What is advertising? Imagine you’re the world’s pickiest person, or the state’s slimiest lawyer — what would you consider advertising? Sometimes it’s obvious, such as if you post a new listing. Other times, not so much. For example, if you tweeted this: Rams make the Final Four — now I really want that new 50” HDTV! Send me some business, peeps! That would be advertising. Ditto for a blog/Facebook post like this: I’m tired of hearing how hard it is to get a mortgage. Just helped a young couple with so-so credit buy their first home. Sure, it took a little extra work with the lender, but I got to see the looks on their faces when we closed. It’s just not that bad! And here’s an example from a Realtor’s Pinterest profile page: Follow me into the lifestyle we enjoy in Virginia: four seasons of beauty. Message me for listings and updates! “Message me for listings and updates.” Yep, that’s advertising — and it requires a disclosure.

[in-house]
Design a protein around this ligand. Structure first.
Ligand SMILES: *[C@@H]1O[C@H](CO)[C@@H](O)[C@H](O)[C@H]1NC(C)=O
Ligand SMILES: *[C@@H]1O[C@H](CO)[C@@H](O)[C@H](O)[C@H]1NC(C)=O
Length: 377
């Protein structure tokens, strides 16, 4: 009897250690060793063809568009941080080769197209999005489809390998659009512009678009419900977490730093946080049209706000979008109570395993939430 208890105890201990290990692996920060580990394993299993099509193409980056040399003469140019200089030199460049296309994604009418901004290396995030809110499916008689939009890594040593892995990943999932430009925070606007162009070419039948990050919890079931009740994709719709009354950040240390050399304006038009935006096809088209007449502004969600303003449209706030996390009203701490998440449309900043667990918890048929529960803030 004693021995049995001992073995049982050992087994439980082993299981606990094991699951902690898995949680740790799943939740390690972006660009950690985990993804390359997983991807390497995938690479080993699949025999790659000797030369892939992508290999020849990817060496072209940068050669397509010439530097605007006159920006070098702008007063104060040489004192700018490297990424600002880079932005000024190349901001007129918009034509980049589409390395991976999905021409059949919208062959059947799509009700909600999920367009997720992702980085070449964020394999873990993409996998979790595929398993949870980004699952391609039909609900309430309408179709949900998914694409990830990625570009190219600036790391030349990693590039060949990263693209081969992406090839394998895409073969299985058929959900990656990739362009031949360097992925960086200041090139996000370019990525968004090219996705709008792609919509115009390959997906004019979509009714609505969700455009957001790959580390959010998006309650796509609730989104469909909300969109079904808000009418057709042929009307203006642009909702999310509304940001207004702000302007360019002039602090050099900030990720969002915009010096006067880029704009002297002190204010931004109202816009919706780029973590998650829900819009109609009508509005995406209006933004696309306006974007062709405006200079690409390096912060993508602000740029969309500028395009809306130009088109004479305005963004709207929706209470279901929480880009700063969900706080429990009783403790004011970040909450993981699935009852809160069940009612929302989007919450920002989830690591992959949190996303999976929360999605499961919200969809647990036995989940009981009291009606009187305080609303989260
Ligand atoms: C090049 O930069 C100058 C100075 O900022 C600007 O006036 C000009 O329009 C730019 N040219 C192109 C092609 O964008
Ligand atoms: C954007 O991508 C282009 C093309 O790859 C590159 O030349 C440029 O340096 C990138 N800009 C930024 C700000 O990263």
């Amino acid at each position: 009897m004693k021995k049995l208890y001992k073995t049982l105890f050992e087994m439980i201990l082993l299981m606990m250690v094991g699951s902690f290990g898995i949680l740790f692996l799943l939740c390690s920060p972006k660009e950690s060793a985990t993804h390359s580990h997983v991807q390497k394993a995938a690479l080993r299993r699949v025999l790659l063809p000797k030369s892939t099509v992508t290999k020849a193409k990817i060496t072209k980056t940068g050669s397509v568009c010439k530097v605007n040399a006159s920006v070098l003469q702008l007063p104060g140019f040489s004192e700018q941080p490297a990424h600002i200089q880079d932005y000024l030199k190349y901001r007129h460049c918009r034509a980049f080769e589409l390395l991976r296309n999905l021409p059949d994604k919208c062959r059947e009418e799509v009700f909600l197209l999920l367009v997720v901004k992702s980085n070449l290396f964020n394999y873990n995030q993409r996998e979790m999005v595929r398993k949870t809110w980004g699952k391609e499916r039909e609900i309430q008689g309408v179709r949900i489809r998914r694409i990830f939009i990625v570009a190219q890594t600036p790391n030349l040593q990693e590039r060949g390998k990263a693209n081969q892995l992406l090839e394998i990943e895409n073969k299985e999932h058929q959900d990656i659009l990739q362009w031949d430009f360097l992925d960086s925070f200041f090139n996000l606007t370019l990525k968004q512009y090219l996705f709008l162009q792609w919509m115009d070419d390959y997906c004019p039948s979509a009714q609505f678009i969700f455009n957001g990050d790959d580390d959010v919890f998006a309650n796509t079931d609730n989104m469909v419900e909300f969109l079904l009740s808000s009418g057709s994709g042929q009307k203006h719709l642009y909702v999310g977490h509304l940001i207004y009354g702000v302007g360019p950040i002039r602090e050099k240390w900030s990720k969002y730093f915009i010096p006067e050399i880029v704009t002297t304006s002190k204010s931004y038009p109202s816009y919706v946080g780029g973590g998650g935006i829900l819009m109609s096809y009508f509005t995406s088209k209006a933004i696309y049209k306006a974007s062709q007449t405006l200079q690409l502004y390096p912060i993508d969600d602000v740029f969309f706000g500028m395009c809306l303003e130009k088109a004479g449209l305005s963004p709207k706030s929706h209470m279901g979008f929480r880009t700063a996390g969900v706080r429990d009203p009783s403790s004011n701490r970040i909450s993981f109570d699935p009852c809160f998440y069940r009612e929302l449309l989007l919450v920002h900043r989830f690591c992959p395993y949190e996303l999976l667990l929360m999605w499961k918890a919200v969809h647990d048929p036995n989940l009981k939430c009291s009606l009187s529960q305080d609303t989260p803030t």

april/may 2013 33
accessibletech Pinterest, Flickr, and other image-oriented sites If you use a photo- or video-sharing site, you’ll find that, like Facebook, they don’t always have a space on your profile page for your disclosures. (Flickr — the large image to the right — is a good example.) That means visitors will have to click a separate link to get there — e.g., “About Me” — and that violates the one-click-away rule. In those cases you’ll need to do what you do with Facebook: Include your firm name and a link to your disclosures in the caption of every photo or video. Annoying, yes. But that’s the rule.
Cheat sheet: online disclosures You must include on any message that could be considered advertising: • Your name • Your firm name and where it’s located (either the main office or the office you work out of) • What states or regions you’re licensed in Where those disclosures (or a link directly to them) need to go: